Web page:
— Whether it’s intentional or unintentional body language speaks SO much on the dance floor. Refrain from saying anything negative, and also be aware of how your body language and facial expressions are coming across. Now I’ve given you tips on newbies to scene (which I can’t stress how valuable they are), I’ll discuss talk about some other folks who could also be overlooked sometimes — behind the scenes staff!

Speaking as a working DJ on the circuit, it really gets under my skin when my Westie colleagues don’t get the respect they deserve. I can’t speak as a teacher or successful promoter (tried hosting local events, failed) but I can tell you I’ve been mistreated as a DJ before and it’s not fun.Event promoters will promote other DJs on social media on other nights and when I’m on the decks there’s virtually no mention of me on social.That’s happened. I’ve DJ’d in places where they’ll give other DJs on staff shout outs on the mic and they skipped over me.  I’ve DJ’d in places where I’m isolated in the booth, and no one really asks me to dance/talks to me. Basically, I’m a warm body to them who presses buttons. DJs make or break the dance night. You could have the creme of the crop DJs or you can be in dances I’ve been to where the room clears in 15 minutes cause the only thing played is Neil Diamond.

I’m not saying to bring us flowers, take us out for steak dinners (although we love food, haha) and give us compliments all night long. I’m simply stating that often times dancers can make DJing appear to be a thankless job. We DJs work for YOU. We spend hours curating music. We pay extra careful attention to the tone and feeling of the ballroom and base our musical selections off of YOUR dancing. Don’t ever take your DJ for granted. If they’re a featured/guest DJ make sure they’re taken care of (I.e. rate, equipment, A CHAIR, etc.) unless you want some generic CD with mystery tunes to be your music of the night, I suggest you thank them and give them the credit they deserve. This applies to all dance staff. Sometimes they do this on a volunteer basis and don’t get paid! So seriously y’all, thank your staff, give social media shout outs, if they did an awesome job and giving awesome dance feels tell your friends! Word of mouth rocks.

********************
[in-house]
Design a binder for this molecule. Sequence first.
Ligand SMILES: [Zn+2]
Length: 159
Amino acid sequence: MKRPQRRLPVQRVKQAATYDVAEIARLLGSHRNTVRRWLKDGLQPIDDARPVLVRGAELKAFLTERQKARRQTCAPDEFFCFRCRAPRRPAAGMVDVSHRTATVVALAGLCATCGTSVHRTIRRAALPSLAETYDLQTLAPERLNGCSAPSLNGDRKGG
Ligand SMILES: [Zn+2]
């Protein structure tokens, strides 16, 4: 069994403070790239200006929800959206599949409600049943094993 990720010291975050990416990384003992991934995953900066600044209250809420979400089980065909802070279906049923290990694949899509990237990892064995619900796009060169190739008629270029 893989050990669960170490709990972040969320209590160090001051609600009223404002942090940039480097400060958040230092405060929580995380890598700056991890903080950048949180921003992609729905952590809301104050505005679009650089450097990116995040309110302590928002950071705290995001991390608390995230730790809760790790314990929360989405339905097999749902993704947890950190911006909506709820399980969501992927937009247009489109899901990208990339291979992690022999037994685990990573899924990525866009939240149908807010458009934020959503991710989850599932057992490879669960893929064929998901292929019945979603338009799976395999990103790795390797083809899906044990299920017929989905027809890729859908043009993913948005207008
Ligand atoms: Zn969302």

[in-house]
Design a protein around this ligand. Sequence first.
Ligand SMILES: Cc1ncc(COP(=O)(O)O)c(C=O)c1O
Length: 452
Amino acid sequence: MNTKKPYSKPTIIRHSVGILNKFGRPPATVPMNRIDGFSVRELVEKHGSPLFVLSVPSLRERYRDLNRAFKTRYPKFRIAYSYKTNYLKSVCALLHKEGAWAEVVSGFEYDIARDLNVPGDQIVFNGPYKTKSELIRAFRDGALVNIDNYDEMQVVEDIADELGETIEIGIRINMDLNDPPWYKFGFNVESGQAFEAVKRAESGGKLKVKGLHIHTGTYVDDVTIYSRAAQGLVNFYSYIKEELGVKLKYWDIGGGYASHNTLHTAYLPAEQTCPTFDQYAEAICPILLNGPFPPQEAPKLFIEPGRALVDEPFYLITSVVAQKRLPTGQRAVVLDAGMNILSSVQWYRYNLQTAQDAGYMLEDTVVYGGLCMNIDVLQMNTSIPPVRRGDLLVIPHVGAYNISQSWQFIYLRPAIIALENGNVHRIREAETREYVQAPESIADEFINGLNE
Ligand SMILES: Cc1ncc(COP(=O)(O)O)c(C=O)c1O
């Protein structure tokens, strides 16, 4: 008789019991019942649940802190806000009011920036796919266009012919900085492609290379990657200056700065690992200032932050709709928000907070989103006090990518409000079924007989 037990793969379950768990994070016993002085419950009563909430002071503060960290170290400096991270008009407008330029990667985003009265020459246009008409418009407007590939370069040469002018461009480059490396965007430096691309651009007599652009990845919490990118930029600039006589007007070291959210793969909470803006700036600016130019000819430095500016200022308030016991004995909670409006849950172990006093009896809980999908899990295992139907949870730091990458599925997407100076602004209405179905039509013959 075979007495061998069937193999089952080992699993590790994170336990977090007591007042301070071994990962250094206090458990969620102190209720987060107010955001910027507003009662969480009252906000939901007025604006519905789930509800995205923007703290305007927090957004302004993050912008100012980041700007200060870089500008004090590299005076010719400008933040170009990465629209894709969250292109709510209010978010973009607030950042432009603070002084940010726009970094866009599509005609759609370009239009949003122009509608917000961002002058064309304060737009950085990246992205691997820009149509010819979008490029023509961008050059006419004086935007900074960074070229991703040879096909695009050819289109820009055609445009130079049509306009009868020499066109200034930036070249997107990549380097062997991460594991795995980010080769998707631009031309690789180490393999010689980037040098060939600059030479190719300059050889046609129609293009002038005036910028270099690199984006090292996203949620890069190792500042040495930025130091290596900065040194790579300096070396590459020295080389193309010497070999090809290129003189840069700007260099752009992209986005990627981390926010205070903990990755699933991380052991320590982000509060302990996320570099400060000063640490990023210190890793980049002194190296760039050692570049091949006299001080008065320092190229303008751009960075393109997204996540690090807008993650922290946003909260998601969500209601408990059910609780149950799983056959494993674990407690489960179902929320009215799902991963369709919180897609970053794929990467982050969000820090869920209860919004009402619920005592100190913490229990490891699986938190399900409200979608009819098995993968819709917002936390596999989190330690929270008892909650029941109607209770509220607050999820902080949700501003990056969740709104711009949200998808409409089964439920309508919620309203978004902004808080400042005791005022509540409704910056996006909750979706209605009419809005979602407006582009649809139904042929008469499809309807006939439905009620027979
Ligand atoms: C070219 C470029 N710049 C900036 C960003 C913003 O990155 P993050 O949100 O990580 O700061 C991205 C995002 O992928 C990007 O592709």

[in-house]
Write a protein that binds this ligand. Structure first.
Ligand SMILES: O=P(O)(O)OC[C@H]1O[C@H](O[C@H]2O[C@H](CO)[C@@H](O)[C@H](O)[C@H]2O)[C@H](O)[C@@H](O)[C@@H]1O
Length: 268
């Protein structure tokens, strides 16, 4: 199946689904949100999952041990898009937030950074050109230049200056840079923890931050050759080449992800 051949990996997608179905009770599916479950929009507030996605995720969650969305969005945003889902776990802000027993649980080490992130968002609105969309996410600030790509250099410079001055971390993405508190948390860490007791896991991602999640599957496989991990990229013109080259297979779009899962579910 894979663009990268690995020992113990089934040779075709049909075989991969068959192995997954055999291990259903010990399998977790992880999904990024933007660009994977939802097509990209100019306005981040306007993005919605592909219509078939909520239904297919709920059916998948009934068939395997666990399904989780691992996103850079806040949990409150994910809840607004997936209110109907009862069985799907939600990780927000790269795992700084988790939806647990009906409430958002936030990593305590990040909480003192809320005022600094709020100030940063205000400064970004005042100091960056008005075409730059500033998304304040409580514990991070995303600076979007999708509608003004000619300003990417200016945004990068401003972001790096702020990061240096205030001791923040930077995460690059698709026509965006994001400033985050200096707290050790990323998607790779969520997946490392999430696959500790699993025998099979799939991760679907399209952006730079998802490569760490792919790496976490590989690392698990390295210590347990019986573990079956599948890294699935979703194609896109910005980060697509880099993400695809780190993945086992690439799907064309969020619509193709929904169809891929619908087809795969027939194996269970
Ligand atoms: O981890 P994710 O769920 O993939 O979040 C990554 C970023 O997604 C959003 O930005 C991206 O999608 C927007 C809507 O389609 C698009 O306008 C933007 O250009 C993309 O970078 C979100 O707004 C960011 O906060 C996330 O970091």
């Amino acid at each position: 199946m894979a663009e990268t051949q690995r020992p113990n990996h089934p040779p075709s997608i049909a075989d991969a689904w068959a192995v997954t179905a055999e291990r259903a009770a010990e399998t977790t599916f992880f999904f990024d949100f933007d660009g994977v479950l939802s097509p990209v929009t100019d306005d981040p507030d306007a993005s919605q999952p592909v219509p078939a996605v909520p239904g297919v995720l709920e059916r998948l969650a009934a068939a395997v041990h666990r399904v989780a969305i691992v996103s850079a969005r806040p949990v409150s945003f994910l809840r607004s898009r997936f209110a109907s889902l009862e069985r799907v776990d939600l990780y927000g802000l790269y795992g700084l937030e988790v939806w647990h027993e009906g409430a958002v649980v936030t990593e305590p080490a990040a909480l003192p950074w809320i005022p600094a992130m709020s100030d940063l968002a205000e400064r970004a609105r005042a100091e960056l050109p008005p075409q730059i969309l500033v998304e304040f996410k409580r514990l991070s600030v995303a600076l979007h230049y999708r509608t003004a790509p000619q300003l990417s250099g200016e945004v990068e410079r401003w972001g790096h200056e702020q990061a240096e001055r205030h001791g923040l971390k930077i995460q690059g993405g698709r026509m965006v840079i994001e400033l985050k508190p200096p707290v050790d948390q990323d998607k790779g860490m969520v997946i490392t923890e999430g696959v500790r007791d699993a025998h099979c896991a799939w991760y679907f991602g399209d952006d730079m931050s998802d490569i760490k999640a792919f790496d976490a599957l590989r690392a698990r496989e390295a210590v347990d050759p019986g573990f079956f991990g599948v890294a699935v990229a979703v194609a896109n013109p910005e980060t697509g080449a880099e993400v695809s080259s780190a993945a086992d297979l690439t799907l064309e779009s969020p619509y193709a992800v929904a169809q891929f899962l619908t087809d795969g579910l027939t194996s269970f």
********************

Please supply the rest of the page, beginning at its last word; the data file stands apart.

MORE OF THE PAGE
Before I close I want to give a shout out to Hugo Miguez and Stacy Kay who run WCS Tuesday’s in Tampa. The fact you live stream nearly every Tuesday to showcase your scene is awesome. You put together a different theme each week (I.e. Guys night, JnJ, Spotlight, Throwback), and basically, you make everyone feel included and that’s how it should be.

From the first timers to the ones who regularly attend the club year after year, it makes a difference on how we treat each other. Bottom line please don’t take your local scene for granted, because when you leave after experiencing a delectable scene it hurts! Haha It truly does. Some people even live in Westie deserts no WCS community exist. They have to drive hours away just to dance. So, hug a dancer, befriend new friends and in the words of Ellen, “be kind to one another.”

For more fabulous tips on growing and sustaining a healthy dance community visit Tessa Cunningham Munroe’s Coach’s Corner post!